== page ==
When I need to find why a hard drive is running out of free space, simply searching for files by size using Windows' built-in search capabilities isn't always up to the task. I can certainly find the largest files on a drive, but they lack the context of surrounding files and file types. Furthermore, you can't identify problems caused by large numbers of smaller files. Instead, I prefer to use the free WinDirStat directory statistics tool. Inspired by the KDE tool KDirStat, WinDirStat is a portable application that provides multiple views of file-space usage. It's compatible with Windows 95 and later.

The multiple usage views, as seen in Figure 1, simplify getting a quick overview of disk usage.


Figure 1: Get a quick overview of disk usage with WinDirStat (click to enlarge)


The expandable folder listing shows folder usage sorted by size, including percentage of space used, absolute size, and number of items. The extension listing in the top right provides a breakdown on usage by extension and provides a color key for the file types that are displayed in the Treemap view at the bottom.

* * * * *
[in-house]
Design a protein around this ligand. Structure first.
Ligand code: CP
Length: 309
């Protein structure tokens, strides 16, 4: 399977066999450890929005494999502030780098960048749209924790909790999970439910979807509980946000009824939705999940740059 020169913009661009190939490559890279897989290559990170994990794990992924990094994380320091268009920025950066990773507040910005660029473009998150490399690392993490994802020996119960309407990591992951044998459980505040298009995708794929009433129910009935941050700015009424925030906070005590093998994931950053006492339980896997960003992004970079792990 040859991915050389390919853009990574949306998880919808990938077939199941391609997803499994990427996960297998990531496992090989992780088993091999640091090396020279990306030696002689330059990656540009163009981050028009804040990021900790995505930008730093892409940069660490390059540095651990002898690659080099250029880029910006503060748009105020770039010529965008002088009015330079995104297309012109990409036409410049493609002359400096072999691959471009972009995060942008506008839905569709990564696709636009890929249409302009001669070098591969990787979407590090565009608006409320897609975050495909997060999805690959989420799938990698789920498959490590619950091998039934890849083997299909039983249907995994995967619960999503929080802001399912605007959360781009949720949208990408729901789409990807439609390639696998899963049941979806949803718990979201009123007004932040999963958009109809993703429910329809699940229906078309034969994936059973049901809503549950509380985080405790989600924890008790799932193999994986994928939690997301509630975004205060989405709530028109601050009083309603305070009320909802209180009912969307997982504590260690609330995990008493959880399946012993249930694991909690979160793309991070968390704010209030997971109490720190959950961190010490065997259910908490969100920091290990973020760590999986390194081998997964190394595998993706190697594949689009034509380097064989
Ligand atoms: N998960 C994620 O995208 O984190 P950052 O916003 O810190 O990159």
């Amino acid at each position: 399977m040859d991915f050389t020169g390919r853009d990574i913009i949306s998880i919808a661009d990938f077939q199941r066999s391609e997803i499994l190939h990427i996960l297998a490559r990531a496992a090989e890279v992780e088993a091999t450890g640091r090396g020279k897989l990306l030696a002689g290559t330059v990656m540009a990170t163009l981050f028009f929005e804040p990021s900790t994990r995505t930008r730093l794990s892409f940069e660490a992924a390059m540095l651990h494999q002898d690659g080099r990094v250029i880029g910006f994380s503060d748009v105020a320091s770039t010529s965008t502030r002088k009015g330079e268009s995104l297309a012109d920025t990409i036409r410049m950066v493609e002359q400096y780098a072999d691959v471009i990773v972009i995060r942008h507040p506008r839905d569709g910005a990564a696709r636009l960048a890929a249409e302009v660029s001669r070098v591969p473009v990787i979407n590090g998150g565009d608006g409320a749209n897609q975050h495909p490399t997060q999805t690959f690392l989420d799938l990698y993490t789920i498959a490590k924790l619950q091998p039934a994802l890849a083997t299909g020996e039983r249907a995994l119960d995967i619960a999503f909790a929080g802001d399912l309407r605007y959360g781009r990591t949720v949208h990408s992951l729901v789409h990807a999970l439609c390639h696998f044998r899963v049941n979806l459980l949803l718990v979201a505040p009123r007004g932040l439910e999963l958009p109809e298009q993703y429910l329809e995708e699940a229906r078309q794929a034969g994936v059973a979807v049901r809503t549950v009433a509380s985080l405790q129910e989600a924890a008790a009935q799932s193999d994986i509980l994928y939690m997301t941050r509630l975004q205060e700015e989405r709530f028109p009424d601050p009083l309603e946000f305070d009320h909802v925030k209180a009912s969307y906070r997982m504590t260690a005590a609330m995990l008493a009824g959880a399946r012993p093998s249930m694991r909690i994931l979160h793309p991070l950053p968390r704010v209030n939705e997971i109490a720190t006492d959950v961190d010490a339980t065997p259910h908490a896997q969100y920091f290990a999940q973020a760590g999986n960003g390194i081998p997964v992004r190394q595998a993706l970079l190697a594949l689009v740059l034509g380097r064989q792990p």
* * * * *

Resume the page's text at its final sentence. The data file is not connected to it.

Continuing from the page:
The Treemap view is what I use to quickly get a usage overview. Blocks, proportional to size, represent files and are arranged so that each larger rectangular grouping is a directory or subdirectory. With a few seconds of inspection in WinDirStat, I usually know why a drive is getting full.

One caveat to keep in mind is that on Windows 7 and Windows Vista, WinDirStat's uninstaller doesn't correctly remove the All Users\Start Menu\Programs folder for WinDirStat or the installing user's desktop shortcut. You'll have to remove these leftover pieces yourself. However, WinDirStat doesn't actually need the installation routine, so you can just install it once and copy WinDirStat.exe and WinDirStat.chm to a network location or USB drive for mobile use.